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george bostock (1818-1853)

Early years

George was born on 21 November 1818 in Holywell Lane, Shoreditch, the second child of James Bostock and Marie Antoinette Wicks (Wix). A few weeks later, like so many of the Bostock infants, he was baptised at the Church of St Leonard, although his surname was entered into the baptism register incorrectly as ‘Boaster’. The church is shown in the illustration on the right at about the same time of George’s baptism.

At the time of his birth, Shoreditch and the Hackney Road, like much of England, were in a state of transformation: there were still watercress beds by Hackney brook and London was connected by a stagecoach link which ran from Bishopsgate. But many of the seventeenth century mansions were being converted for use as almshouses, private schools and charitable institutions, such as the villa acquired by the British Penitent Female Refuge to reclaim and resettle prostitutes. The completion of the Regents Canal in 1820 signalled the real beginnings of change, confirmed by the inauguration of the omnibus service in 1838 and the construction of the North London Railway in the 1850s.

George’s father was bright and ambitious, and he seized the opportunities such growth presented. Financially, he was doing well and the young George did not lack the necessities of life, including a basic education which meant he was able to read and write. What he did lack was a peaceful and loving home. His parent’s marriage was not a happy one, and his father’s business occupied much of his time. When George’s elder brother, James, died some time between 1818 and 1830, George was left an only child with a near-absent father and a sharp-tongued mother.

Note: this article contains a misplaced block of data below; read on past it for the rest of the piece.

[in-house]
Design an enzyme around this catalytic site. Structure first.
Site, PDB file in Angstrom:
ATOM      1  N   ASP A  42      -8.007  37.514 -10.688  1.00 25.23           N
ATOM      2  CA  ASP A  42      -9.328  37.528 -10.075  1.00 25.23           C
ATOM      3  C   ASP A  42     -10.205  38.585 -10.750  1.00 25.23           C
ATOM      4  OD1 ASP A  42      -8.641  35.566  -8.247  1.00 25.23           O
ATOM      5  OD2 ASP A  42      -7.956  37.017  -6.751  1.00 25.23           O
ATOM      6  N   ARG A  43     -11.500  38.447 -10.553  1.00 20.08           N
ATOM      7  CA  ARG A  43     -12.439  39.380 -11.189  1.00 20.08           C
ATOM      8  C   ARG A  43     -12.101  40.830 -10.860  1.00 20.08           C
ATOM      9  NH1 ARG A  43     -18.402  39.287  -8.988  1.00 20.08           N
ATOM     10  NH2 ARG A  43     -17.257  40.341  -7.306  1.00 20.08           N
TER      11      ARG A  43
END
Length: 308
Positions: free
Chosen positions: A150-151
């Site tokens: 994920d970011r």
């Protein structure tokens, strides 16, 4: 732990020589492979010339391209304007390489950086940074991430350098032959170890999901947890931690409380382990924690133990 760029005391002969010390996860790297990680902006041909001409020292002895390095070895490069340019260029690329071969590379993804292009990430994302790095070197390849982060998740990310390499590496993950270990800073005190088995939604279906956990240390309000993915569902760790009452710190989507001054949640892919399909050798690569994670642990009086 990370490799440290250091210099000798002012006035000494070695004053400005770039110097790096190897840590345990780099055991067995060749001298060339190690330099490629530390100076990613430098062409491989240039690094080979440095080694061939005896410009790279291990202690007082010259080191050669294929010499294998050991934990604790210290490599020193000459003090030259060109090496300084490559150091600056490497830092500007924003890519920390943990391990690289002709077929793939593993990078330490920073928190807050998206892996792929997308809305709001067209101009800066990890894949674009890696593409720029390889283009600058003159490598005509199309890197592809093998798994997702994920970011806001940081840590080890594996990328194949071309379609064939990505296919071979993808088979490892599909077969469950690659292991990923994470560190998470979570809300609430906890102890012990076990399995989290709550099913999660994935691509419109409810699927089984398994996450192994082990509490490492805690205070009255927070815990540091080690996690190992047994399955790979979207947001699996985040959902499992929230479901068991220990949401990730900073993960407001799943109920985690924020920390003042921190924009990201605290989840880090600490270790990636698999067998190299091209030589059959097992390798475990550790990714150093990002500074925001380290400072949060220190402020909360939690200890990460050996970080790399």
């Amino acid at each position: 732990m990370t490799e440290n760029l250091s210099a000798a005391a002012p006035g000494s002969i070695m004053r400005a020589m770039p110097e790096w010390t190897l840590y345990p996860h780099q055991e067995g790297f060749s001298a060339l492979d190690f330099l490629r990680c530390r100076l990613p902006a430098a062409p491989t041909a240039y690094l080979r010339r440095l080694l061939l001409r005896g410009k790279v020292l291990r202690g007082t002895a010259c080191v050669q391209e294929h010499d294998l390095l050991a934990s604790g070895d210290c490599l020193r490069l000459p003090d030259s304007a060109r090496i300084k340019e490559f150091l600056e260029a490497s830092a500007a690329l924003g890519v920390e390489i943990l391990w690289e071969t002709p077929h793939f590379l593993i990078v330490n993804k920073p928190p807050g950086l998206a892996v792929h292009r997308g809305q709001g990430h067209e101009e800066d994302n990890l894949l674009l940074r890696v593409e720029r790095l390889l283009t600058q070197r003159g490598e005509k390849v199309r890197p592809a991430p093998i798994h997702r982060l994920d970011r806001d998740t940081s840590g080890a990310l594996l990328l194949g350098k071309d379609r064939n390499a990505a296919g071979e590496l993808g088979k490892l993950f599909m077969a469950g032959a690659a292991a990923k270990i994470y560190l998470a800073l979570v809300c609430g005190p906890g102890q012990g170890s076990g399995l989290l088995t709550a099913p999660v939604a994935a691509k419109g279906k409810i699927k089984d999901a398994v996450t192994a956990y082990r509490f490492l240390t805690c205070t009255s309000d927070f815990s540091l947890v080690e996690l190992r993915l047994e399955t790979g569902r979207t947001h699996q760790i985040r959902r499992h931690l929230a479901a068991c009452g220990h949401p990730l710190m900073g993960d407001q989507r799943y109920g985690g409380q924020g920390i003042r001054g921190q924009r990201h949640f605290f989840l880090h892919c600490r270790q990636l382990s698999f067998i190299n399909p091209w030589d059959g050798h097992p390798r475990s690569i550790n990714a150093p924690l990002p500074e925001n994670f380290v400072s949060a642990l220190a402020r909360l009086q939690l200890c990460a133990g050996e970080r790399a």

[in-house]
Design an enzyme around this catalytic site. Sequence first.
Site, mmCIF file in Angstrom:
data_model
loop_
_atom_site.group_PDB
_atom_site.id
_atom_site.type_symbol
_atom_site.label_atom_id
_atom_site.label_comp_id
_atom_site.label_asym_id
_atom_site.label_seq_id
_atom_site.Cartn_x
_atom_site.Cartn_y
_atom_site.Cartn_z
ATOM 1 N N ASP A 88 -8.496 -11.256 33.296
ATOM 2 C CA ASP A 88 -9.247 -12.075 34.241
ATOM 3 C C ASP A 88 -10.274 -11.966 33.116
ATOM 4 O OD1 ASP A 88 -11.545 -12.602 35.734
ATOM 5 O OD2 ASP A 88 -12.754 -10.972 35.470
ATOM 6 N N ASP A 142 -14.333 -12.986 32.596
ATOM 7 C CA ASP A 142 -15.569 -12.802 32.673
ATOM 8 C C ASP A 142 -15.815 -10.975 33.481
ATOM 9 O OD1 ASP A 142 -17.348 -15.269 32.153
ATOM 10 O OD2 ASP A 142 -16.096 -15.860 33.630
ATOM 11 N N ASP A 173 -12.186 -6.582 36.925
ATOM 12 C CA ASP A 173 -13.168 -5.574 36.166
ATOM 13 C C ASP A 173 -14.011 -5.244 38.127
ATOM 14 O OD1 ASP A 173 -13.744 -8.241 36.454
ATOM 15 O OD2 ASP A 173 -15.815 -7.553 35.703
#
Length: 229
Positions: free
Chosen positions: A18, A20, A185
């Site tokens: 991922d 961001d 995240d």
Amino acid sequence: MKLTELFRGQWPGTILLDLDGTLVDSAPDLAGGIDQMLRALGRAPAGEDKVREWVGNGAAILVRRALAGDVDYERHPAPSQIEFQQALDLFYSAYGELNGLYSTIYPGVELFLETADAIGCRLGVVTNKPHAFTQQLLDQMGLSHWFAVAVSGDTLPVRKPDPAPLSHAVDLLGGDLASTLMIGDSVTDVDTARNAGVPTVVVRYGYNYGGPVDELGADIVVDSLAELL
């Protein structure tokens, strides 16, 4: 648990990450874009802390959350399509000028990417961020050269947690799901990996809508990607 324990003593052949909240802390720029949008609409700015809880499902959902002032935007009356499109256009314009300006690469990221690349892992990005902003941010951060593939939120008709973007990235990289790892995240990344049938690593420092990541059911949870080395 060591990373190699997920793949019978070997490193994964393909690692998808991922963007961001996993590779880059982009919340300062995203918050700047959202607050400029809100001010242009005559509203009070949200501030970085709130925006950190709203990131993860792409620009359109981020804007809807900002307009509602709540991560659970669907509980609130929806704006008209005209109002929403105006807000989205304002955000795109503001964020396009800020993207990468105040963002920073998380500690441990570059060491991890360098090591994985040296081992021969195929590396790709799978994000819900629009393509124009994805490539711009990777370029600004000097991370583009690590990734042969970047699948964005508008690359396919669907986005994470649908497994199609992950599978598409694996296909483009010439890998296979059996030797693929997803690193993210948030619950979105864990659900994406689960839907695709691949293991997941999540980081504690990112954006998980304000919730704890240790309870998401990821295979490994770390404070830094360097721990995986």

In May 1830, twelve years after George’s birth, his mother gave birth to another child, who was baptised, James. ‘Recycling’ names of dead children to ensure a family named lived on - in this case George’s father’s name - was common and would not have been seen as at all morbid. By the arrival of his sibling, his parents’ marriage had broken down and George’s father left his family to live with his wife’s relative (probably a niece or cousin), Sarah Homan.

James senior continued to take care of his family financially, and as soon as he was old enough, George began working in his father’s business; over the years, George described his occupation variously as stenciller, paper hanger and plasterer.

A new chapter

It was a difficult time for young George, living with his mother, yet working with his father and seeing him set up home and raise a family with one of his Homan relatives. The two families also lived in close proximity which only added to the tension.